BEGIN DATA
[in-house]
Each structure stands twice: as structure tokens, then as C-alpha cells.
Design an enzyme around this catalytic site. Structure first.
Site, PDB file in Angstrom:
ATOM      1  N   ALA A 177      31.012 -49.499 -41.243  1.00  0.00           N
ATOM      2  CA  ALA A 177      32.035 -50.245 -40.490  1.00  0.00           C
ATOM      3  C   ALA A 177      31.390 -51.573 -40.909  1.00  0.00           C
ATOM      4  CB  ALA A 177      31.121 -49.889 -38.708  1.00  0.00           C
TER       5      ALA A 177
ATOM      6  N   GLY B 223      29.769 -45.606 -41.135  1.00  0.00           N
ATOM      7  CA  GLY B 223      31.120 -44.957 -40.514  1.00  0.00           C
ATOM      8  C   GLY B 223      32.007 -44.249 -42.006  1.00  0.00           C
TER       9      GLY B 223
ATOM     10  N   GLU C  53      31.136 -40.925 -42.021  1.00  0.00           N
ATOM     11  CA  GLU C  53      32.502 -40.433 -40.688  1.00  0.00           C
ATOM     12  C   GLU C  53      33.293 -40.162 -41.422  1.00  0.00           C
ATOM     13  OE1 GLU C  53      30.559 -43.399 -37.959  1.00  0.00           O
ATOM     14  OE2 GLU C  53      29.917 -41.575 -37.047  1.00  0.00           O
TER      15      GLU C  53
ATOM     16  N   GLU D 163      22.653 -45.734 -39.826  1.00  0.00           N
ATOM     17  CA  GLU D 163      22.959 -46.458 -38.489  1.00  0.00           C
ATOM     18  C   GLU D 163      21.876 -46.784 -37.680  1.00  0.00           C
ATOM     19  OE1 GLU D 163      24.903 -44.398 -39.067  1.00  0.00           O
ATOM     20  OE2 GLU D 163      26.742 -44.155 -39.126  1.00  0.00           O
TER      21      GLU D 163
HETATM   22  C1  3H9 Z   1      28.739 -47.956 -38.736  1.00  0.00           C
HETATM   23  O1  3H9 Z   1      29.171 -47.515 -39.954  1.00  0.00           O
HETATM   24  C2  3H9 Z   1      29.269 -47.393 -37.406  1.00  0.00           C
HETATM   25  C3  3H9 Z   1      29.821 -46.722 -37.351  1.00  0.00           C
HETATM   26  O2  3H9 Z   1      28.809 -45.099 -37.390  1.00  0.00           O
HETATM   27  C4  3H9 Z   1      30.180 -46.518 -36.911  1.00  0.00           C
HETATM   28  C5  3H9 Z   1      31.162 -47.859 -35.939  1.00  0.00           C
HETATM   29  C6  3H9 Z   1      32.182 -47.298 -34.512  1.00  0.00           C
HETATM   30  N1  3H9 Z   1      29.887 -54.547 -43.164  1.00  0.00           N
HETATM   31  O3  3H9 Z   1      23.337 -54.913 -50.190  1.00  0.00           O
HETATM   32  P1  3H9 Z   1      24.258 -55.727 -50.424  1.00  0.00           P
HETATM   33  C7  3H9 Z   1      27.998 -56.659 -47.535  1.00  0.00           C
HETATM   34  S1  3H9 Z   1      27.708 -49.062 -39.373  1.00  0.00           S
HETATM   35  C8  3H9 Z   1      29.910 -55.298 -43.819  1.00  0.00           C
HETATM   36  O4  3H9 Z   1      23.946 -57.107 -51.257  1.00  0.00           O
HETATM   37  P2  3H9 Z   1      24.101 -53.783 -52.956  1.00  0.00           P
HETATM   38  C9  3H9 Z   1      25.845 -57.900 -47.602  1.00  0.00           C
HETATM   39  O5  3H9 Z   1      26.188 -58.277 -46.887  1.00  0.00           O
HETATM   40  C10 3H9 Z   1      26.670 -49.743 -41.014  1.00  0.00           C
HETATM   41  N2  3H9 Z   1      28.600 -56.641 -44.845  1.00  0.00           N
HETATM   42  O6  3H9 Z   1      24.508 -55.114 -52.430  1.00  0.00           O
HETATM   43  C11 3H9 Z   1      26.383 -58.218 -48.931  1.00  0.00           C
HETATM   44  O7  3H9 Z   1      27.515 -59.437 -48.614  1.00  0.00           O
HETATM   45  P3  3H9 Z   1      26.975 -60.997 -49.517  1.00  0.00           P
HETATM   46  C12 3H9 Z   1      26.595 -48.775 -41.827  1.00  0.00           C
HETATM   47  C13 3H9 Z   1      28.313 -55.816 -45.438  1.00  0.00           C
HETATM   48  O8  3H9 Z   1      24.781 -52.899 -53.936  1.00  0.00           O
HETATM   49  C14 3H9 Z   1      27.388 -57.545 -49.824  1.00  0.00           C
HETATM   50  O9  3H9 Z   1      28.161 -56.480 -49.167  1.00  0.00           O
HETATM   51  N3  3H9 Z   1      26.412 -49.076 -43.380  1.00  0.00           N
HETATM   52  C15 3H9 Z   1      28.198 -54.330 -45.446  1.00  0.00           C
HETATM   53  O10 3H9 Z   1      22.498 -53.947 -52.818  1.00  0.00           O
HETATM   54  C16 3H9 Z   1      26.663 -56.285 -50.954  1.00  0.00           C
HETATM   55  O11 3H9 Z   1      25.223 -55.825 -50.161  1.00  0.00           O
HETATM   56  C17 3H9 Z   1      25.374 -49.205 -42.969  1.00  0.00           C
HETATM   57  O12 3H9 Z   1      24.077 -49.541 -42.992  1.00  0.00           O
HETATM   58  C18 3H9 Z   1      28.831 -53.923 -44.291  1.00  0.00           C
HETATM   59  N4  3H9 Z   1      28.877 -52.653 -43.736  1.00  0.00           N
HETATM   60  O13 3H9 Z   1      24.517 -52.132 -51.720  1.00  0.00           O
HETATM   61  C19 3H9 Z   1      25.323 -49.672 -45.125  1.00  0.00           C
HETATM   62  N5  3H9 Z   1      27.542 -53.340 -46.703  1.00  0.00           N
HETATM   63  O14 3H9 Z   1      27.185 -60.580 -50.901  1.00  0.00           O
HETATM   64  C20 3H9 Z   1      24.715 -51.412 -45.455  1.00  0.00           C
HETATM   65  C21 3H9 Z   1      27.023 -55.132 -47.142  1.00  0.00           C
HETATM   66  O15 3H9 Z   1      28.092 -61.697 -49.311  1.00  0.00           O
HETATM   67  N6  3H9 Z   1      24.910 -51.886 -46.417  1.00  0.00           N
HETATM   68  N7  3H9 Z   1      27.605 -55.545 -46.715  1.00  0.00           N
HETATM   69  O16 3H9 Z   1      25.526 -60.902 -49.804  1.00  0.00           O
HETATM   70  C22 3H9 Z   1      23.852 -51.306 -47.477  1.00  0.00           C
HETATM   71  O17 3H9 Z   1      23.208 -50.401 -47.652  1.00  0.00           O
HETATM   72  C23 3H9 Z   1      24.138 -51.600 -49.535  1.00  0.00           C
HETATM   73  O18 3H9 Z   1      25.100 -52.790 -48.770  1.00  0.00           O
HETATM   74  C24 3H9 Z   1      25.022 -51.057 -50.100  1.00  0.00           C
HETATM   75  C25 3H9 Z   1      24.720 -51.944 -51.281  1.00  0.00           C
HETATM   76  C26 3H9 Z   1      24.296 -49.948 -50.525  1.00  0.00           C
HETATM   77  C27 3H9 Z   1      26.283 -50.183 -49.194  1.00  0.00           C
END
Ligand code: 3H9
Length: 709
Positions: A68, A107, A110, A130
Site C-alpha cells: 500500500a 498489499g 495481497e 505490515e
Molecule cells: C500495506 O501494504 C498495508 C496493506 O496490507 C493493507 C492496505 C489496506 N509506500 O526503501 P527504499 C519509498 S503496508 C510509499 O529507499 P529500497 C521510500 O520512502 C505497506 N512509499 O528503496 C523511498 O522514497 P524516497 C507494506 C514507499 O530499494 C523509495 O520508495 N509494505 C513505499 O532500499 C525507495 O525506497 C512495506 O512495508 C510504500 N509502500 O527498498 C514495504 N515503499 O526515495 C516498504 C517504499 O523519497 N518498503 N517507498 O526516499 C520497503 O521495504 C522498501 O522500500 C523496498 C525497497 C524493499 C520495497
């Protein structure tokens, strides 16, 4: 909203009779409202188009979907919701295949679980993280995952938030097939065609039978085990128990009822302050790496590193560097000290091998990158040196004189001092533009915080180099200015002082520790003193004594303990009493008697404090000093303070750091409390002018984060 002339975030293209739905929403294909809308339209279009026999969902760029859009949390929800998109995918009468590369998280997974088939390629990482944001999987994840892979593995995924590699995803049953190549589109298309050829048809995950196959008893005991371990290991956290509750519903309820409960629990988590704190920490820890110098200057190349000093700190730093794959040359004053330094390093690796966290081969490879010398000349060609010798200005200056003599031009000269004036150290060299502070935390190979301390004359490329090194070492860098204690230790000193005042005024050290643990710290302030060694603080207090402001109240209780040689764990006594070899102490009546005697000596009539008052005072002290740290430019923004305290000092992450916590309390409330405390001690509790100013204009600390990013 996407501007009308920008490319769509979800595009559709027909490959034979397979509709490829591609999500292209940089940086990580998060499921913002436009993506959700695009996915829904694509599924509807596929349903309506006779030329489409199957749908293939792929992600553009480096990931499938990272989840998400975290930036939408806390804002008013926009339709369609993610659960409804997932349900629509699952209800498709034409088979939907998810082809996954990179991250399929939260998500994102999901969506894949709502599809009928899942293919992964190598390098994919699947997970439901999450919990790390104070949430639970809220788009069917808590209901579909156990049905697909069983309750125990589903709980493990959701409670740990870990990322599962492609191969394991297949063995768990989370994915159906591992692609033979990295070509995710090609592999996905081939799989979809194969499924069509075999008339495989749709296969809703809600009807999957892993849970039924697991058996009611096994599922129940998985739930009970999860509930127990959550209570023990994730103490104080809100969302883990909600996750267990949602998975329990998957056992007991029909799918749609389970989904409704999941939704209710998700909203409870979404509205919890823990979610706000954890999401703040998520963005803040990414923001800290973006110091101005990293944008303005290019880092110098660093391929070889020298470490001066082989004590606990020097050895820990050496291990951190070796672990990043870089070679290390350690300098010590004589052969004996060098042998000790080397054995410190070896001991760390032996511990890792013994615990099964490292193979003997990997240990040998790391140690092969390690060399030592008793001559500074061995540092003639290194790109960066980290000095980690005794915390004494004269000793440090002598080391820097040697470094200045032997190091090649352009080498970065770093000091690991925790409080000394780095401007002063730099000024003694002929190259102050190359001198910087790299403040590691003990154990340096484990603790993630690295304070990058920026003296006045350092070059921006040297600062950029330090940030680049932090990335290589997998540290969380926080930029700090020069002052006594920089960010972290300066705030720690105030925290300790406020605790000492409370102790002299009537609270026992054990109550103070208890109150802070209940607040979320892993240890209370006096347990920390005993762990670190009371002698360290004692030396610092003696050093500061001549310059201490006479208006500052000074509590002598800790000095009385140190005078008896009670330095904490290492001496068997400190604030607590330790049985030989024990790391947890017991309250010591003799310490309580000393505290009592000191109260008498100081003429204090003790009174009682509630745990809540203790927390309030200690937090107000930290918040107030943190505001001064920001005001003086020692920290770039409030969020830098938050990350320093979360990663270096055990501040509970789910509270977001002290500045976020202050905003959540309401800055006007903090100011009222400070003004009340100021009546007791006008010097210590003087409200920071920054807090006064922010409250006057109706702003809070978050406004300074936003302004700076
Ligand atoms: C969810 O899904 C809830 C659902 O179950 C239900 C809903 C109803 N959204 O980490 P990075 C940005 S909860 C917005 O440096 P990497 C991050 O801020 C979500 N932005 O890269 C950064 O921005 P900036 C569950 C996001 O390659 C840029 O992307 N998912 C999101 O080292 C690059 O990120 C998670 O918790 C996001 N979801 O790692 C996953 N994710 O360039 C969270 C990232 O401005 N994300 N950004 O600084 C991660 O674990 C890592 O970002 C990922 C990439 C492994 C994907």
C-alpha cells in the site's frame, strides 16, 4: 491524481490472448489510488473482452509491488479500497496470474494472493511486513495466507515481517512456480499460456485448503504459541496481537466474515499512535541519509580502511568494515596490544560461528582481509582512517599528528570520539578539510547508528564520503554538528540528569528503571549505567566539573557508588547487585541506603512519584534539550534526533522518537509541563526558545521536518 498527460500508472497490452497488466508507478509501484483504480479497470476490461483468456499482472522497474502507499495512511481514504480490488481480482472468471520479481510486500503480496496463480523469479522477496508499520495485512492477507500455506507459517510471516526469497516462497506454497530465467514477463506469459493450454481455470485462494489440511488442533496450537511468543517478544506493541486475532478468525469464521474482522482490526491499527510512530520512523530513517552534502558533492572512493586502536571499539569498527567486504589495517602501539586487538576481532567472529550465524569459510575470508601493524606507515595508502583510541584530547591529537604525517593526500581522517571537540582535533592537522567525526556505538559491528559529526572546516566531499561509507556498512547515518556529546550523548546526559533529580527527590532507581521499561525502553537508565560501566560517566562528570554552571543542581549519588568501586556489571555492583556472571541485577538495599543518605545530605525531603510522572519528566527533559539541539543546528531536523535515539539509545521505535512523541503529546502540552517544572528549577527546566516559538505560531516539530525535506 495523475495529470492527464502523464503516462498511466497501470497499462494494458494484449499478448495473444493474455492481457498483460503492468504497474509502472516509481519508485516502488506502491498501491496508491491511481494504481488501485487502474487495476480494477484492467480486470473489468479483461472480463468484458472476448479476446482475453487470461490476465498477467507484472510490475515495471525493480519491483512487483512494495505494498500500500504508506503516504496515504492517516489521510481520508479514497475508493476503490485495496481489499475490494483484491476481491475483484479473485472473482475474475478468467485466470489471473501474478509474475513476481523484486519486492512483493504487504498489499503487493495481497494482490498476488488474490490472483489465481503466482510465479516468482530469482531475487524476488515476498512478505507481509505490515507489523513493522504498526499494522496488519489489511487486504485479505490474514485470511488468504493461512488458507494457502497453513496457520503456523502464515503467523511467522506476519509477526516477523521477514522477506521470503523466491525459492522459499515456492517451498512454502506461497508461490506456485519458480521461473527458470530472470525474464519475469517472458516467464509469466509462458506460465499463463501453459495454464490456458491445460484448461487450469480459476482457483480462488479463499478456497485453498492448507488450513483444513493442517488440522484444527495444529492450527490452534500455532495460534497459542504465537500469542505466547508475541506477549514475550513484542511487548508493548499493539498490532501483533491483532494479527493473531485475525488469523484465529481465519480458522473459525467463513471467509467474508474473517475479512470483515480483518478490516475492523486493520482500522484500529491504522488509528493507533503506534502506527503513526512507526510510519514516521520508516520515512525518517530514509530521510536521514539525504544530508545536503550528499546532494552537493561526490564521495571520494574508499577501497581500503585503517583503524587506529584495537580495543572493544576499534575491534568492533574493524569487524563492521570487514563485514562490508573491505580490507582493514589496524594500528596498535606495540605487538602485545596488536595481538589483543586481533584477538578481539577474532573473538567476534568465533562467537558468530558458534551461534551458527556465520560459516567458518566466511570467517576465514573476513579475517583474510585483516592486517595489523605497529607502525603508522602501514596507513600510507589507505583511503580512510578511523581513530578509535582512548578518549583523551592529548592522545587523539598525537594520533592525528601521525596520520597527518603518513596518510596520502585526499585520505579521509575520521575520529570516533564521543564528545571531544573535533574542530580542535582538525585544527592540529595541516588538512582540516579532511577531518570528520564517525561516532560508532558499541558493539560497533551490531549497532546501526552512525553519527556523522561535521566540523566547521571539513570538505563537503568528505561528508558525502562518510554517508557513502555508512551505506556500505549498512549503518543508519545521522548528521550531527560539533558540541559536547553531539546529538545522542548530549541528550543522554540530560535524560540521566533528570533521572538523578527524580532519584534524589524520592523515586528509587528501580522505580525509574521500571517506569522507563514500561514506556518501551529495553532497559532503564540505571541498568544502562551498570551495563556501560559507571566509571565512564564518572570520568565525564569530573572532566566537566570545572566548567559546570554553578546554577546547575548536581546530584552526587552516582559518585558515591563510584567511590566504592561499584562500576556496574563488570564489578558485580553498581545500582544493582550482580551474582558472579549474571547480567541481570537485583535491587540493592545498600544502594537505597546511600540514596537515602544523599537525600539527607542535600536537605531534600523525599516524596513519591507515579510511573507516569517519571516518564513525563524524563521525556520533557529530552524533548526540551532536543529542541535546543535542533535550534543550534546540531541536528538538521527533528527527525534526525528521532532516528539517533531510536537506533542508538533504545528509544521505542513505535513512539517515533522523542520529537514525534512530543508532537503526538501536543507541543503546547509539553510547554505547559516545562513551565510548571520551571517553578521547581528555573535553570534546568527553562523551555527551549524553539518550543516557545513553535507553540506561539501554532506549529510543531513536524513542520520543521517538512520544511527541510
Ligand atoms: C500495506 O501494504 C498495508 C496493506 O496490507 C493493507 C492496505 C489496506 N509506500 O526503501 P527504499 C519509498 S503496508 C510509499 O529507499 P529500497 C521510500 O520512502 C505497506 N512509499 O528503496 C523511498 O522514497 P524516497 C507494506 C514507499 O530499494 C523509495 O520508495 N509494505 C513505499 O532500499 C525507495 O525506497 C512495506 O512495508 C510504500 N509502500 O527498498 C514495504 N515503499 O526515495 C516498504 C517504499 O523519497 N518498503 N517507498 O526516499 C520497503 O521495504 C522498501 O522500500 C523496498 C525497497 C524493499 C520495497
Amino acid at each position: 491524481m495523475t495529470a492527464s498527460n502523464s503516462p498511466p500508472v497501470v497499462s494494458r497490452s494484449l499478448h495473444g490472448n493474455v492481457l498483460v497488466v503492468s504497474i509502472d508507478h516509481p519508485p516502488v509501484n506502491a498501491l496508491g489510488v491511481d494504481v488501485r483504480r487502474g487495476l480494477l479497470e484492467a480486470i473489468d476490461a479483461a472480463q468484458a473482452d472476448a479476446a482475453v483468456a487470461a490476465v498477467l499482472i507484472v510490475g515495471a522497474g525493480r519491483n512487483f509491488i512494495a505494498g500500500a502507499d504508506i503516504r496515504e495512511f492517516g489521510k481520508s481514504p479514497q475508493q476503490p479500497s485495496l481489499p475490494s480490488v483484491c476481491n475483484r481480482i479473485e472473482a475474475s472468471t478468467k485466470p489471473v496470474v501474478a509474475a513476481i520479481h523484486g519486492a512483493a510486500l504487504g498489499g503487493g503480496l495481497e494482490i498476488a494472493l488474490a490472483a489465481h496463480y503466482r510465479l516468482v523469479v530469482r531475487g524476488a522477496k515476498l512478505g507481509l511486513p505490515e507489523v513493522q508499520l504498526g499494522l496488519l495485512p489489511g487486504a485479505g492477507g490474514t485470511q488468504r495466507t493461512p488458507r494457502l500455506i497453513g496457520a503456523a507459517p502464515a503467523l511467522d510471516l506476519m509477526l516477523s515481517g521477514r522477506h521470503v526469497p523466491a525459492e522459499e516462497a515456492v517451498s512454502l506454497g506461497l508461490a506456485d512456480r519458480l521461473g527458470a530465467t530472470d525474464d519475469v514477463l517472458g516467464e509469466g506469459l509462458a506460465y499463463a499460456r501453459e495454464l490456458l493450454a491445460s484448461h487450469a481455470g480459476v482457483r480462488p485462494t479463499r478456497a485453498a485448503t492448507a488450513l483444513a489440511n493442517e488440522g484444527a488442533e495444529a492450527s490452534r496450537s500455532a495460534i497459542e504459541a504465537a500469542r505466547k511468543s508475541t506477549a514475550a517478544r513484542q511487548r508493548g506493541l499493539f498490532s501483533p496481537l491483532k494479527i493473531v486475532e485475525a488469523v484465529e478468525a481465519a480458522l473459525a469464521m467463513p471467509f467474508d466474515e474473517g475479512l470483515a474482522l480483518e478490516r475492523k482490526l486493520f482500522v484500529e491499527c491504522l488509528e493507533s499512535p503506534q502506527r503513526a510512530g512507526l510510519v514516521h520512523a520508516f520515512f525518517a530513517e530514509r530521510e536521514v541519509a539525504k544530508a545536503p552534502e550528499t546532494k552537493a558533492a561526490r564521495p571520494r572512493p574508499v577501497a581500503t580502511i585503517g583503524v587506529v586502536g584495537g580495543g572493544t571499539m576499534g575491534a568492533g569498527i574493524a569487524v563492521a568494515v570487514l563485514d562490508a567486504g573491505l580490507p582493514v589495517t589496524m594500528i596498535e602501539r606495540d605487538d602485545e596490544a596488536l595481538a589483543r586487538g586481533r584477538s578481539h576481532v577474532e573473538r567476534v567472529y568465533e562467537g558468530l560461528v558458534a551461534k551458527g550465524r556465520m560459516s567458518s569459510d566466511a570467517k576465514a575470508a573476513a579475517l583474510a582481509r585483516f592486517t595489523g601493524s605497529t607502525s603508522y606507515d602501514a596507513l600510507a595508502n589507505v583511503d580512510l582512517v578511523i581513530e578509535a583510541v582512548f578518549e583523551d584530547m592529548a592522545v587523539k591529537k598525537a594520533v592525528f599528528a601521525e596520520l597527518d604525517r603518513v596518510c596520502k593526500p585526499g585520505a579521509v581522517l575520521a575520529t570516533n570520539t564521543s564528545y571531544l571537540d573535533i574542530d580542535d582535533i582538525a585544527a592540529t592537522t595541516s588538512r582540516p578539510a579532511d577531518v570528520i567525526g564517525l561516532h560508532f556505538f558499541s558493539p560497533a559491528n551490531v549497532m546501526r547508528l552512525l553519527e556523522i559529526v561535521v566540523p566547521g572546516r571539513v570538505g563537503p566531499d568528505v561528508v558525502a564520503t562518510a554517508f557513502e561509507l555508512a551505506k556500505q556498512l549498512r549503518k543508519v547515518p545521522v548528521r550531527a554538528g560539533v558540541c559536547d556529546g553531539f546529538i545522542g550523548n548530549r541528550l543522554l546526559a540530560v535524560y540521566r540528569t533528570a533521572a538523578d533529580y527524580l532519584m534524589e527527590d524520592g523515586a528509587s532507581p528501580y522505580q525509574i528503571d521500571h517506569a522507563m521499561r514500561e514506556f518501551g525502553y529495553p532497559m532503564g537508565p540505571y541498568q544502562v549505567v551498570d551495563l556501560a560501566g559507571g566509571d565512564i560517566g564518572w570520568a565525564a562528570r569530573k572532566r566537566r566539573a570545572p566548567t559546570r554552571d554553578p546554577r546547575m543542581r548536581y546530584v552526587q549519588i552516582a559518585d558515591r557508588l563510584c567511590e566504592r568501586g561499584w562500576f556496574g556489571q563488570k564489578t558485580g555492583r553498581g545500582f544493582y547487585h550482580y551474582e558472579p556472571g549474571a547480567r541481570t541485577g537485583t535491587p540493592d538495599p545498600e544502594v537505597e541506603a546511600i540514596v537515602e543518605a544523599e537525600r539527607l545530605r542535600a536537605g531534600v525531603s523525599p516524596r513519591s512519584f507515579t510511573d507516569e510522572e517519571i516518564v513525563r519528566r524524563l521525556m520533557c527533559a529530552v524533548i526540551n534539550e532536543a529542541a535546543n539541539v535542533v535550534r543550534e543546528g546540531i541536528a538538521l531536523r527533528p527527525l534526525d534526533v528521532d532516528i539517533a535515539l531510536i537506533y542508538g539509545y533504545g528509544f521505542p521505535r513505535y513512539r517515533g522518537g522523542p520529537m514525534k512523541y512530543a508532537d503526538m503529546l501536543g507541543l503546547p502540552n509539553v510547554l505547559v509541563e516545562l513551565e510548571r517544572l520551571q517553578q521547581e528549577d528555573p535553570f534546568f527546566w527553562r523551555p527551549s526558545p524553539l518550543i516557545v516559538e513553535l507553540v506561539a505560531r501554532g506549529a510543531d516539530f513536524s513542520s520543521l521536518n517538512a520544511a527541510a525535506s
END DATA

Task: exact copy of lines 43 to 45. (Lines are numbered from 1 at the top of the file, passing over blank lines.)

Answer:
HETATM   39  O5  3H9 Z   1      26.188 -58.277 -46.887  1.00  0.00           O
HETATM   40  C10 3H9 Z   1      26.670 -49.743 -41.014  1.00  0.00           C
HETATM   41  N2  3H9 Z   1      28.600 -56.641 -44.845  1.00  0.00           N